Archive | August, 2013

Oh Sweet Cinnamon: Part 2

Posted on 29 August 2013 by admin

Following the first part on our introduction to cinnamons, here is the second part that explains the benefits of cinnamon:

1. Blood sugar control
Numerous studies show that cinnamon regulates blood sugar and can help those with insulin resistance. It is good for Type 2 diabetics and hypoglycemics.
Adding cinnamon to high carb food will help lower the impact it will have on blood sugar levels. Research conducted at Malmo University Hospital examined how 14 subject’s stomachs emptied after eating rice pudding laced with cinnamon. Scientists concluded that the rice pudding lowered the gastric emptying rate from 37% to 34.5% and reduced blood sugar levels after eating. Another study published in 2009 suggests that taking/eating cinnamon twice a day for 90 consecutive days can improve blood sugar levels.

2. Assist weight loss
Since Cinnamon increases insulin’s capacity to metabolize sugar – cinnamon may help reduce hunger pains and sugar cravings, which could help reduce weight. Especially those who have diabetes and find it hard to lose weight. This article cites Dr. Greenburg of Tufts University says that their research holds promising possibilities for weight loss.

3. Reduce heart disease
Cinnamon can help reduce heart disease and improve colon function because it reduces LDL cholesterol levels. The combination of calcium and fibre in cinnamon binds and removes bile salts that has damaging effect on the colon, from the body. When the bile is removed the body, it has to break down cholesterol to generate new bile. This prevents heart disease and atherosclerosis.

Image via tpaascommunity

4. Food Preservative
Cinnamon is effective in inhibiting bacterial growth.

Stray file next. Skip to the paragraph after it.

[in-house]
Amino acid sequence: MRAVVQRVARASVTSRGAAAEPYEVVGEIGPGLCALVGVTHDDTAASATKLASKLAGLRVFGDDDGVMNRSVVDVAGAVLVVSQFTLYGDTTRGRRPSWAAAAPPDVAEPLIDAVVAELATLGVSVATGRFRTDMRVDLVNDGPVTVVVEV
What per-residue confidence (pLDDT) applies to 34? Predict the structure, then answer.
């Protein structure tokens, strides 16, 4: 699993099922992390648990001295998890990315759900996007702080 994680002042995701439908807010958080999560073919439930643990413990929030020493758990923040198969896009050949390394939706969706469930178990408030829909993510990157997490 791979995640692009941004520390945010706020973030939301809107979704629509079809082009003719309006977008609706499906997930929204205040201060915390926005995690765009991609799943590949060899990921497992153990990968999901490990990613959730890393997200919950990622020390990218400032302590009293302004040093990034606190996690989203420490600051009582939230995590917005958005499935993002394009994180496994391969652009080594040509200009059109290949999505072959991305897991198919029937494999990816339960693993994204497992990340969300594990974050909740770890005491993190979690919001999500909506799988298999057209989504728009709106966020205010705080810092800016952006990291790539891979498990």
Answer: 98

5. Disinfectant and antibacterial
It has natural anti-infectious compounds. Certain studies show that cinnamon has been effective against ulcer-causing H. pylori bacteria and other pathogens. Cinnamon’s oils and nutrient composition can reduce the symptoms of the virus. It can help to alleviate respiratory infections. It is also anti bacterial.

6. Cognitive Development
According to a German study those taking cinnamon improved their response times and memory recall. According to a study authored by Dr. P. Zoladz, simply smelling cinnamon can boost cognitive processing and stimulate brain functions.

7. Anti-inflammatory
Cinnamon has been shown to alleviate arthritic pains.Studies at the Department of Internal Medicine, Kangnam Korean Hospital, to reduce cytokines linked to arthritic pain. Cinnamon has anti-inflammatory properties. It can lower the release of arachidonic acid from cell membranes.

8. Cancer prevention
Research done at the University of Texas, published in the journal Nutrition and Cancer cited that cinnamon may reduce the proliferation of cancer cells. Another study found good results with leukemia and lymphoma cancer cells. Cinnamon has two chemical constituents called cinnamaldehyde and eugenol (from cinnamon oil). These were used to develop nutraceuticals that have proven to be effective in fighting colon cancer cells (eugenol) and human hepatoma cells (cinnamaldehyde).
Research studies show that sugar may be causing or sustaining cancer cells and cinnamon may have a mitigating effect by controlling blood sugar levels in the body. So the evidence seems to suggest that cinnamon is starving cancer cells of the sugar needed to sustain them.

9. Supplement
It contains fiber, calcium, iron, and manganese.
It’s been proven effective for menstrual pain and infertility. Cinnamon contains a natural chemical called cinnamaldehyde, which studies show increases the hormone progesterone and decreases testosterone production in women, helping to balance hormone.
According to the University of Maryland Medical Centre, cinnamon has high levels (73% DV in two sticks of Cinnamon) of manganese. Manganese is used to build bones, blood and other connective tissues.

10. Anti-oxidant
Cinnamon is one of the top seven anti-oxidants in the world. Anti-oxidants reduce the formation of free radicals that cause cancer. A study found an ORAC value of 267536 μmol TE/100g (USDA 2007) from cinnamon meaning that it not only gives flavor to food but it is high in anti oxidants.